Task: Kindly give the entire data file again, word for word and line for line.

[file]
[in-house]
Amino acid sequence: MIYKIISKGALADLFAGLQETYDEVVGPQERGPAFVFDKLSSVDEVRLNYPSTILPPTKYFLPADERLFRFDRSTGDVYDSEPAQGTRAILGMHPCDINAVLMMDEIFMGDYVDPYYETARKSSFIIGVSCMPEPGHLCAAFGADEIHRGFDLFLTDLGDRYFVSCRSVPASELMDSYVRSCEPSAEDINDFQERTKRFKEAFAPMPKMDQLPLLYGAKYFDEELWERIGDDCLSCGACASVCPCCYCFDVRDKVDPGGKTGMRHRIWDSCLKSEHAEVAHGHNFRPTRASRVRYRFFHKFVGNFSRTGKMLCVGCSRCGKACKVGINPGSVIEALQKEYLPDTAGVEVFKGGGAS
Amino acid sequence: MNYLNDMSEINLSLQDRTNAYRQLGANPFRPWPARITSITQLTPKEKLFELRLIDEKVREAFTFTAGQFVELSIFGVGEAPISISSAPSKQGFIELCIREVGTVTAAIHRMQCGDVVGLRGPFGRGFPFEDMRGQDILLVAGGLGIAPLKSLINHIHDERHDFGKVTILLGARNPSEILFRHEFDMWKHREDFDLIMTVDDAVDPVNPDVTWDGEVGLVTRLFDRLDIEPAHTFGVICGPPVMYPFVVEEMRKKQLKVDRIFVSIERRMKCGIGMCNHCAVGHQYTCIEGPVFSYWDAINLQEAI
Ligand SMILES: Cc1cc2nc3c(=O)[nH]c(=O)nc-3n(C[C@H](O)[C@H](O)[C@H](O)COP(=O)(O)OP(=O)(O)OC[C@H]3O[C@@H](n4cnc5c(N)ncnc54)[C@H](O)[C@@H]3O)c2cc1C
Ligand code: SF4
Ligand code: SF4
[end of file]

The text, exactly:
[in-house]
Amino acid sequence: MIYKIISKGALADLFAGLQETYDEVVGPQERGPAFVFDKLSSVDEVRLNYPSTILPPTKYFLPADERLFRFDRSTGDVYDSEPAQGTRAILGMHPCDINAVLMMDEIFMGDYVDPYYETARKSSFIIGVSCMPEPGHLCAAFGADEIHRGFDLFLTDLGDRYFVSCRSVPASELMDSYVRSCEPSAEDINDFQERTKRFKEAFAPMPKMDQLPLLYGAKYFDEELWERIGDDCLSCGACASVCPCCYCFDVRDKVDPGGKTGMRHRIWDSCLKSEHAEVAHGHNFRPTRASRVRYRFFHKFVGNFSRTGKMLCVGCSRCGKACKVGINPGSVIEALQKEYLPDTAGVEVFKGGGAS
Amino acid sequence: MNYLNDMSEINLSLQDRTNAYRQLGANPFRPWPARITSITQLTPKEKLFELRLIDEKVREAFTFTAGQFVELSIFGVGEAPISISSAPSKQGFIELCIREVGTVTAAIHRMQCGDVVGLRGPFGRGFPFEDMRGQDILLVAGGLGIAPLKSLINHIHDERHDFGKVTILLGARNPSEILFRHEFDMWKHREDFDLIMTVDDAVDPVNPDVTWDGEVGLVTRLFDRLDIEPAHTFGVICGPPVMYPFVVEEMRKKQLKVDRIFVSIERRMKCGIGMCNHCAVGHQYTCIEGPVFSYWDAINLQEAI
Ligand SMILES: Cc1cc2nc3c(=O)[nH]c(=O)nc-3n(C[C@H](O)[C@H](O)[C@H](O)COP(=O)(O)OP(=O)(O)OC[C@H]3O[C@@H](n4cnc5c(N)ncnc54)[C@H](O)[C@@H]3O)c2cc1C
Ligand code: SF4
Ligand code: SF4